The presence of this markup is not a hard requirement, but in my experience articles without some form of Article/NewsArticle/BlogPosting structured data will struggle to perform in Google.
The value of the ‘headline’ attribute in this structured data snippet (which should be part of the article’s HTML source) is
almost always often used by Google as the headline when the article is shown in Top Stories boxes:
There used to be a limit of 110 characters on the ‘headline’ attribute in schema structured data, but this is no longer the case. In their article structured data documentation, Google recommends “using a concise title, as long titles may be truncated on some devices.”
Read: 9 SEO Headline Tips for Publishers - State of Digital Publishing
Such truncation happens at different points, depending on where and how the article is shown. In most Top Stories boxes, headlines can be between 65 and 85 characters long before there’s a risk of being cut off and you get the ‘…’ at the end:
This is a purely visual cut-off. When you look at the HTML source of the Google results page, you’ll see that the entire headline is there. The visual cut-off varies, depending on how the Top Stories box is formatted.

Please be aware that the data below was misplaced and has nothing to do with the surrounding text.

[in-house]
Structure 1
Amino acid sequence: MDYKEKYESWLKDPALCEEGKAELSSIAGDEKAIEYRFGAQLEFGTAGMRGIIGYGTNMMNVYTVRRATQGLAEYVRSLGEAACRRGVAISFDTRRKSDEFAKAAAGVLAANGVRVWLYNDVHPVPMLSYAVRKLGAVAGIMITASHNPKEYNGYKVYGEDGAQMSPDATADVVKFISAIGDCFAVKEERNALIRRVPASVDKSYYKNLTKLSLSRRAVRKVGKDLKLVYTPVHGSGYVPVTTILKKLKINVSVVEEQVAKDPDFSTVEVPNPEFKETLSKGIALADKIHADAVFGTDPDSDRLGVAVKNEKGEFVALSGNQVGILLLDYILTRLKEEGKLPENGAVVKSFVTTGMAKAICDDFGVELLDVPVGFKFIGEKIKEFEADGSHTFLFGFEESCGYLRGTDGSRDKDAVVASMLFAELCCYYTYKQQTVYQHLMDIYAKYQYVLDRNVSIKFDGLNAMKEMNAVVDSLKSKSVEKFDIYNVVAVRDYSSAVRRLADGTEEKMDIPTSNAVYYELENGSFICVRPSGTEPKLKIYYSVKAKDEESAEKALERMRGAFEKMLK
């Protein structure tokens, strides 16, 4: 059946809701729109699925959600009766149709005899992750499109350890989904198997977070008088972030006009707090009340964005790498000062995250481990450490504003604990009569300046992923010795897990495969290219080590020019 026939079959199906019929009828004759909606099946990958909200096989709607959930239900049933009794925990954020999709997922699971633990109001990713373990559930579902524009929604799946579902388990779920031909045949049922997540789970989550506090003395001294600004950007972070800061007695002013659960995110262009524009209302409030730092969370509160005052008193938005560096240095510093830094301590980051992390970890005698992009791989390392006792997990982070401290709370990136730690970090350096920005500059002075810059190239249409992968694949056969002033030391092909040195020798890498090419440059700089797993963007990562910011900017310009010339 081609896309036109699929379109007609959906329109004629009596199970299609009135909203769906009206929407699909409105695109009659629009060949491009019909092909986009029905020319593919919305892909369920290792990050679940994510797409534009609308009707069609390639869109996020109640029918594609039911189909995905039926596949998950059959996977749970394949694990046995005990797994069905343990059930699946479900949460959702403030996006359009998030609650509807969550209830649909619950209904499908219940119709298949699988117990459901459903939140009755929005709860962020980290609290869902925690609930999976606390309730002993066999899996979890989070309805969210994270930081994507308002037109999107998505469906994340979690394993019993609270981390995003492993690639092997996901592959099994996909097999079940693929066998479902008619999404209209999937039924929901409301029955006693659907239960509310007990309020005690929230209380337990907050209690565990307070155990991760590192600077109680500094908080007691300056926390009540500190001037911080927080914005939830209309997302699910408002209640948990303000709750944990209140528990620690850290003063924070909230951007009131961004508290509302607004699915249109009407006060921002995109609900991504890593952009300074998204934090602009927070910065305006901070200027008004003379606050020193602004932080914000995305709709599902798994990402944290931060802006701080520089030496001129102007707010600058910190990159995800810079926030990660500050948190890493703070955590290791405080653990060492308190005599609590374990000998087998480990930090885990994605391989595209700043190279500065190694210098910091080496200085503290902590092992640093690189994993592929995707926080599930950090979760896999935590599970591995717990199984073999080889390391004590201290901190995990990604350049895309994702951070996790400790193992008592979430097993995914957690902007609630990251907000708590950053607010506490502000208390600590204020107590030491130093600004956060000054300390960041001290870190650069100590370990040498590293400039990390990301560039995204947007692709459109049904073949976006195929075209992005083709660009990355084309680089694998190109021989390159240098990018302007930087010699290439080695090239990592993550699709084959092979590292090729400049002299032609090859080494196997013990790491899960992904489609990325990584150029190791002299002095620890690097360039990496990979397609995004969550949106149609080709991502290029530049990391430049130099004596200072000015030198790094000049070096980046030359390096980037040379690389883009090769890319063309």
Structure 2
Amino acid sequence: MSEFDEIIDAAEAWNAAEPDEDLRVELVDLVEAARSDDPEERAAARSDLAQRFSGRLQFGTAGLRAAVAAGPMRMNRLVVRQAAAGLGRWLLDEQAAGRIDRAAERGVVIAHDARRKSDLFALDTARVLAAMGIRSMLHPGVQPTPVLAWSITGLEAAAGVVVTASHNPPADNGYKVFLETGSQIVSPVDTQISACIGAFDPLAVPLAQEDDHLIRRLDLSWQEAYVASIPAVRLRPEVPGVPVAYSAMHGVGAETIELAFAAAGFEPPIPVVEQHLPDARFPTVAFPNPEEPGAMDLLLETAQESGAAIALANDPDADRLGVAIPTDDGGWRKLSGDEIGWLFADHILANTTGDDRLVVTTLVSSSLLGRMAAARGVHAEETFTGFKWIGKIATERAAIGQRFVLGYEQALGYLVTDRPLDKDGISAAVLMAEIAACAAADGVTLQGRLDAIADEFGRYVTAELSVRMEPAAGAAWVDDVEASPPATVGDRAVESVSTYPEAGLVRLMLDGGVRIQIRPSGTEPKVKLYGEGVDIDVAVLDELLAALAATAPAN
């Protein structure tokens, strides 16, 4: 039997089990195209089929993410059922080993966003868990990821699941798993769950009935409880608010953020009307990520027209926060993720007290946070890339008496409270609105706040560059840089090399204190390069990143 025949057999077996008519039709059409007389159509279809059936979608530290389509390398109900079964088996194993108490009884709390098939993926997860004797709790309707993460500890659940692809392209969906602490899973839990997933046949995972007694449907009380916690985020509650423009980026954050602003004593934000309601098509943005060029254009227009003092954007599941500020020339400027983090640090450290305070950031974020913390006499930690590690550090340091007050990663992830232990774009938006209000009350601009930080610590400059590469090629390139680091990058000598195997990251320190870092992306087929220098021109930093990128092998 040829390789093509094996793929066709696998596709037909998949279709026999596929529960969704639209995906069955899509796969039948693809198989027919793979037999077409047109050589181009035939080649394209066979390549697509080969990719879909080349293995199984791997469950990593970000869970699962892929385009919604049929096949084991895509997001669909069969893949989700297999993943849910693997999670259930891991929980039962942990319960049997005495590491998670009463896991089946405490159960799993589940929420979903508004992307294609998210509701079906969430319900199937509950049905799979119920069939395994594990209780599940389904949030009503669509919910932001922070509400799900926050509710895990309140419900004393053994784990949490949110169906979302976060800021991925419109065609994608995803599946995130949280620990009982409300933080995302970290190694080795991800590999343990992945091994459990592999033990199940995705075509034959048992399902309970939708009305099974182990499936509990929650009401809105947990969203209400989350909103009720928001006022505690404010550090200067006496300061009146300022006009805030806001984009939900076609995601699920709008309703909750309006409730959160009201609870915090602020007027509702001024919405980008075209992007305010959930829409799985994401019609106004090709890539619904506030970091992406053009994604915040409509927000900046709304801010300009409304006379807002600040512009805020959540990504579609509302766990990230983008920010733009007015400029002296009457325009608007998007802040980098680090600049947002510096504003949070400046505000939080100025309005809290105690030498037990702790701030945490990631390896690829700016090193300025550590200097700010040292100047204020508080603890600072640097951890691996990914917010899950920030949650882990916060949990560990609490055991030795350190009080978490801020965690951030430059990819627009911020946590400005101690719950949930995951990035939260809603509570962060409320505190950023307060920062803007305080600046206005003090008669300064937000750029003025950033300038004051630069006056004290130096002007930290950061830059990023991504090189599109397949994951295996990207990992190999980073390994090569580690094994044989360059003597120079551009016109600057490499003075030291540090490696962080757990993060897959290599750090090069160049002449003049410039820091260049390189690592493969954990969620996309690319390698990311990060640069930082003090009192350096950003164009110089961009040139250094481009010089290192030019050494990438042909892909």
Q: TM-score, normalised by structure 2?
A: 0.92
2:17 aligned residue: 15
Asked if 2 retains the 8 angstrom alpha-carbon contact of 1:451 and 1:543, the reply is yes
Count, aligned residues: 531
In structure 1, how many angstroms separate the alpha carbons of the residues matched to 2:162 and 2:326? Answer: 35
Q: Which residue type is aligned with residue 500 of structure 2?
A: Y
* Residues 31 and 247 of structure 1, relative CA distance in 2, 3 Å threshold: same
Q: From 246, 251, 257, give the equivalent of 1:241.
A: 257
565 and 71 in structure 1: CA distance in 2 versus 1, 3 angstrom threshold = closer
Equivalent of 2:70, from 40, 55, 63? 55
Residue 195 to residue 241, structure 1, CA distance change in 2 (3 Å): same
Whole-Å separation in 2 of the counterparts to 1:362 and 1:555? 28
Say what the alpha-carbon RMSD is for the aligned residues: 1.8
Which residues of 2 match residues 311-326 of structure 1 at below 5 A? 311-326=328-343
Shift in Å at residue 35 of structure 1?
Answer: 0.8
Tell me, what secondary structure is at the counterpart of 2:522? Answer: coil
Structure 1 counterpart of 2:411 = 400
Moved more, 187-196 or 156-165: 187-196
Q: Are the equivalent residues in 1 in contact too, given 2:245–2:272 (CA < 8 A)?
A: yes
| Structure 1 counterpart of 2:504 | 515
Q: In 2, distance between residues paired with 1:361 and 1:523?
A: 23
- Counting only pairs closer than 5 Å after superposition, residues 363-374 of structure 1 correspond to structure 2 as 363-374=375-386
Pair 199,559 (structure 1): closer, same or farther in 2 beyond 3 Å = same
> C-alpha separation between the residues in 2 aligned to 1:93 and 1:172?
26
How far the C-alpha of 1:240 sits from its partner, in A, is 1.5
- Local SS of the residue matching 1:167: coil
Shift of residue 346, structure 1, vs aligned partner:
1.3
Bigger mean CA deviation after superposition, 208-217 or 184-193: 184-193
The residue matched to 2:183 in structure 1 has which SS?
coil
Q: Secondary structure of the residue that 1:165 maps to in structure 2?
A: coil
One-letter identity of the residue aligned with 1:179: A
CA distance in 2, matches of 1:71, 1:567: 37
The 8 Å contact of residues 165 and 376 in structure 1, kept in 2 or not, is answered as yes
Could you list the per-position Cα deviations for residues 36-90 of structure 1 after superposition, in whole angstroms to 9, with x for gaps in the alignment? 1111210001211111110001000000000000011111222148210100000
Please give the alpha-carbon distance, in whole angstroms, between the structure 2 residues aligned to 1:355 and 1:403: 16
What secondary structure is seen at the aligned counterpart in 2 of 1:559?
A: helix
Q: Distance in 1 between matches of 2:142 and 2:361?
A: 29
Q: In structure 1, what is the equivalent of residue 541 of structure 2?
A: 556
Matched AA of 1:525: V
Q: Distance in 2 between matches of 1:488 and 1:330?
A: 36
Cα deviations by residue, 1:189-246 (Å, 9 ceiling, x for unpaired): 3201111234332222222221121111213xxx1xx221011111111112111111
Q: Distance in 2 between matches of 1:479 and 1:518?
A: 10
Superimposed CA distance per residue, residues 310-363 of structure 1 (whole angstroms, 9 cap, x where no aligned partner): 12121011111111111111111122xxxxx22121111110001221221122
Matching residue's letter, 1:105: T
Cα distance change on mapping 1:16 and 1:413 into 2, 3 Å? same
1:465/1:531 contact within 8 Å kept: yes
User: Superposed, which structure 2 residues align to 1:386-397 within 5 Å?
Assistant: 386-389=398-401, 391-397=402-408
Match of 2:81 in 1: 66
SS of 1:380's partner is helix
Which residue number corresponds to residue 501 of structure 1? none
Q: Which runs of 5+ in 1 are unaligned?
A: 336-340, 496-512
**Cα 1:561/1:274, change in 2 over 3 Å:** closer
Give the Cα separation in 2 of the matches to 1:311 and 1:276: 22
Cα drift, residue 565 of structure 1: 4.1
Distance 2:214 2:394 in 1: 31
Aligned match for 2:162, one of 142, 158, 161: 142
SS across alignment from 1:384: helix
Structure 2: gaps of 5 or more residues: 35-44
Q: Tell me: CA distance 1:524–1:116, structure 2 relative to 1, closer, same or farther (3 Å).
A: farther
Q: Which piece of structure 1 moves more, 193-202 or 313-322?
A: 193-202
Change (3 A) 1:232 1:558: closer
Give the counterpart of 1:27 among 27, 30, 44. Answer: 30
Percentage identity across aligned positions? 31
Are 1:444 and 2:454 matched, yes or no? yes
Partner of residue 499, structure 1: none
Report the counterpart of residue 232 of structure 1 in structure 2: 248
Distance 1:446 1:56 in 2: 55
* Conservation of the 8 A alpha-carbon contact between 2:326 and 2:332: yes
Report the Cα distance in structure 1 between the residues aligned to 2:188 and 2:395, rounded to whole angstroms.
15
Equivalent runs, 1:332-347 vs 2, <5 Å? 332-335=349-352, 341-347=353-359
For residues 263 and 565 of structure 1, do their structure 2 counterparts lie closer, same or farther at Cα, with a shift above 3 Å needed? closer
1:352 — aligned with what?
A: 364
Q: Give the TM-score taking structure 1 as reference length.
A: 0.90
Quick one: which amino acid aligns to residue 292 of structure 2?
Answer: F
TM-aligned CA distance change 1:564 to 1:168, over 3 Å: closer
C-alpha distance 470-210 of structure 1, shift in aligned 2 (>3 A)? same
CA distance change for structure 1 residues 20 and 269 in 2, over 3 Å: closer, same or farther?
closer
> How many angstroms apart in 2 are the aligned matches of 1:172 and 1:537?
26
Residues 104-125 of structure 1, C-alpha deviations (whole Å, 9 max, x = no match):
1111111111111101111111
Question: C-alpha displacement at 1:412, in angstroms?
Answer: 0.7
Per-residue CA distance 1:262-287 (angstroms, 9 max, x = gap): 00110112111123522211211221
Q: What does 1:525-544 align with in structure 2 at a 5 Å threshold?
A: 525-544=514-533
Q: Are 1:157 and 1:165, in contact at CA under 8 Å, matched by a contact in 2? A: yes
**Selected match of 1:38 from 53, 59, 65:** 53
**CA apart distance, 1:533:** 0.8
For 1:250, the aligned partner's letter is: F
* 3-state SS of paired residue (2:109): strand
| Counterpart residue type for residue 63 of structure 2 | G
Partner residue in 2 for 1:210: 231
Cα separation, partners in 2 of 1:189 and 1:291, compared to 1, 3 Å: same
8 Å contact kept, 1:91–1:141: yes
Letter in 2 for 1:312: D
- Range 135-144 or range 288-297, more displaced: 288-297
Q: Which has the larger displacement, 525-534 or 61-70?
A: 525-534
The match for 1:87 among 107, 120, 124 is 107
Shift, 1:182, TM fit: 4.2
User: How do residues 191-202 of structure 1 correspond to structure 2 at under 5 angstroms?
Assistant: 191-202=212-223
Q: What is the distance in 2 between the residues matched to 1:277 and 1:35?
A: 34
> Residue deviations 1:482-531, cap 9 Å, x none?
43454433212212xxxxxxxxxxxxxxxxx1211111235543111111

The visual limitation is complicated by the fact that the article could also be shown in Google’s ‘ten blue links’ - i.e., the normal non-news search results. However, Google uses a different headline for that:
3. <Title> Tag
Historically, a webpage’s <title> tag has been seen as the single most important on-page SEO element. For this reason, it’s often referred to as the ‘SEO title’.
For news articles, the <title> tag is less important. It still matters, but it’s not the biggest on-page ranking factor in Google’s news ecosystem. I believe the structured data headline is the most important headline an article can have, as far as ranking in Google’s Top Stories boxes and other news elements goes.
But the <title> tag still matters, especially if you have any intention for the article to rank outside of the news cycle in Google’s regular search results.
The heading Google shows for a normal search result is based on the <title> tag. As you can see from the example above, there is a visual limit here too - usually around 55 to 65 characters.